For security reasons, you have to explicitly opt-in to the properties to bind, by decorating properties to bind with the [BindProperty] attribute:

using Microsoft.AspNetCore.Mvc.RazorPages;

public class IndexModel : PageModel
{
    [BindProperty]
    public string Search { get;set; }

    public DateTime CurrentTime { get; set; };
}

In this example, the Search property would be bound to the request as it's decorated with [BindProperty], but CurrentTime would not be bound. For GET requests, you have to go one step further and set the SupportsGet property on the attribute:

using Microsoft.AspNetCore.Mvc.RazorPages;

public class IndexModel : PageModel
{
    [BindProperty(SupportsGet = true)]
    public string Search { get;set; }
}

If you're binding complex models, such as a form post-back, then adding the [BindProperty] attribute everywhere could get tedious. Instead I like to create a single property as the "input model" and decorate this with [BindProperty]. This keeps your PageModel public surface area explicit and controlled. A common extension to this approach is to make your input model a nested class. This often makes sense as you commonly don't want to use your UI-layer models elsewhere in your app:

using System.ComponentModel.DataAnnotations;
using Microsoft.AspNetCore.Mvc;
using Microsoft.AspNetCore.Mvc.RazorPages;

public class IndexModel : PageModel
{
    public bool IsEmailConfirmed { get; set; }

    [BindProperty]
    public InputModel Input { get; set; }

    public class InputModel
    {
        [Required, EmailAddress]
        public string Email { get; set; }

        [Required, Phone, Display(Name = "Phone number")]
        public string PhoneNumber { get; set; }
    }
}

In this example only the property Input is bound to the incoming request. This uses the nested InputModel class, to define all the expected values to bind. If you need to bind another value, you can add another property to InputModel.

Handling multiple HTTP verbs with Razor Page Handlers

One of the main selling points of Razor Pages is the extra cohesion they can bring over using MVC controllers. A single Razor Page contains all of the UI code associated with a given Razor view by using page handlers to respond to requests.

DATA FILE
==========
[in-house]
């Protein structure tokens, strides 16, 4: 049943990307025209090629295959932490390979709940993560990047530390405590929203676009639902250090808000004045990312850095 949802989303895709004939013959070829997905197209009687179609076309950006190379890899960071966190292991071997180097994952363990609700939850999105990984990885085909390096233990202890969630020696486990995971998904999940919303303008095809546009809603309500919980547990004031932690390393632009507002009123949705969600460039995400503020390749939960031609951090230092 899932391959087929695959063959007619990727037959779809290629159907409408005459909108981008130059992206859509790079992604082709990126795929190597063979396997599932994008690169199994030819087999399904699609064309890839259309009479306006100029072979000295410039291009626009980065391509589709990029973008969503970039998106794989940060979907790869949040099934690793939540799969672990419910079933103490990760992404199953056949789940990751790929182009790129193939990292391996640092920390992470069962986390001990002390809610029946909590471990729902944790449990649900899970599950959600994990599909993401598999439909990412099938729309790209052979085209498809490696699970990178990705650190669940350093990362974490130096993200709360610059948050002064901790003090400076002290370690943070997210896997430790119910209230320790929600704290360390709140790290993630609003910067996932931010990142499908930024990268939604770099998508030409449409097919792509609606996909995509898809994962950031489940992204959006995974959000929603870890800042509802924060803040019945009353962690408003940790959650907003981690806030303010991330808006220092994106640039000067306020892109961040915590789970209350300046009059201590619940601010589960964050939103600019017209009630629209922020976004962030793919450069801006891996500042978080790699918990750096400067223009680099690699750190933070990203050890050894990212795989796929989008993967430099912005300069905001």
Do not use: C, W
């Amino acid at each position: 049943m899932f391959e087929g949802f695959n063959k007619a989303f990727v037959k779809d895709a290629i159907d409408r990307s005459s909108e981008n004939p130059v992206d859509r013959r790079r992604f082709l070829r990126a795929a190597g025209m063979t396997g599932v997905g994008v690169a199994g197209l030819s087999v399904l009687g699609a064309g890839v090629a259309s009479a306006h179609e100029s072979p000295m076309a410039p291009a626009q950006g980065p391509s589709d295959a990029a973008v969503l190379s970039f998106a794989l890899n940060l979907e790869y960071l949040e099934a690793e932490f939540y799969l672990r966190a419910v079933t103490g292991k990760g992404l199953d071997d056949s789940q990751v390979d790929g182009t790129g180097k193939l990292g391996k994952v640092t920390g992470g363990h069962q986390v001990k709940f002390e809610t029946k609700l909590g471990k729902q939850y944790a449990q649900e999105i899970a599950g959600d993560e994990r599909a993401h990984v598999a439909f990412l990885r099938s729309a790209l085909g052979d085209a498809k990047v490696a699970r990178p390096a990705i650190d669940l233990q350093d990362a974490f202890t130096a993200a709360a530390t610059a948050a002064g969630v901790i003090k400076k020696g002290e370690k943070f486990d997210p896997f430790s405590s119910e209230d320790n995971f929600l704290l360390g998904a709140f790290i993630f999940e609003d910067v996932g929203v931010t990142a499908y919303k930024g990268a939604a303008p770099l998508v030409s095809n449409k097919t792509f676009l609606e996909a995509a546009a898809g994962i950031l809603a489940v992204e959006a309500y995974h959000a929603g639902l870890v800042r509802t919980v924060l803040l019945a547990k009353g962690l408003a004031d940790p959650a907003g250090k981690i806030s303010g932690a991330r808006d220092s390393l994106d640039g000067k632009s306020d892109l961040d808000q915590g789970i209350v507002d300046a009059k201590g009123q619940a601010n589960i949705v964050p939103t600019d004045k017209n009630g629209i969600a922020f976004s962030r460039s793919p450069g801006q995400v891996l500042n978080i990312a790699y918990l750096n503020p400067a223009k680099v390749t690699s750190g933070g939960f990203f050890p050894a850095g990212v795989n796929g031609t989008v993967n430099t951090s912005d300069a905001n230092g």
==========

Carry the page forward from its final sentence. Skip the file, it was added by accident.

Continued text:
Page handlers are analogous to action methods in MVC. When a Razor Page receives a request, a single handler is selected to run, based on the incoming request and the handler names. Handlers are matched via a naming convention, On{Verb}[Async], where {Verb} is the HTTP method, and [async] is optional. For example:

For HTML forms, it's very common to have an OnGet handler that displays the initial empty form, and an OnPost handler which handles the POST back from the client. For example the following form shows the code-behind for a Razor Page that updates a user's display name.

using System.Collections.Generic;
using System.ComponentModel.DataAnnotations;
using System.Threading.Tasks;
using Microsoft.AspNetCore.Mvc;
using Microsoft.AspNetCore.Mvc.RazorPages;
using Microsoft.AspNetCore.Mvc.Rendering;

public class UpdateDisplayNameModel : PageModel
{
    private readonly IUserService _userService;
    public IndexModel(IUserService userService)
    {
        _userService = userService;
    }

    [BindProperty]
    public InputModel Input { get; set; }

    public void OnGet()
    {
        Input.DisplayName = _userService.GetDefaultDisplayName();
    }

    public async Task<IActionResult> OnPostAsync()
    {
        if (!ModelState.IsValid)
        {
            return Page();
        }

        await _userService.UpdateDisplayName(User, Input.DisplayName);
        return RedirectToPage("/Index");
    }

    public class InputModel
    {
        [Required, StringLength(50)]
        public string DisplayName { get; set; }
    }
}

This Razor Page uses a fictional IUserService which is injected into the PageModel constructor. The OnGet page handler runs when the form is initially requested, and sets the default display name to a value obtained from the IUserService. The form is sent to the client, who fills in the details and posts it back.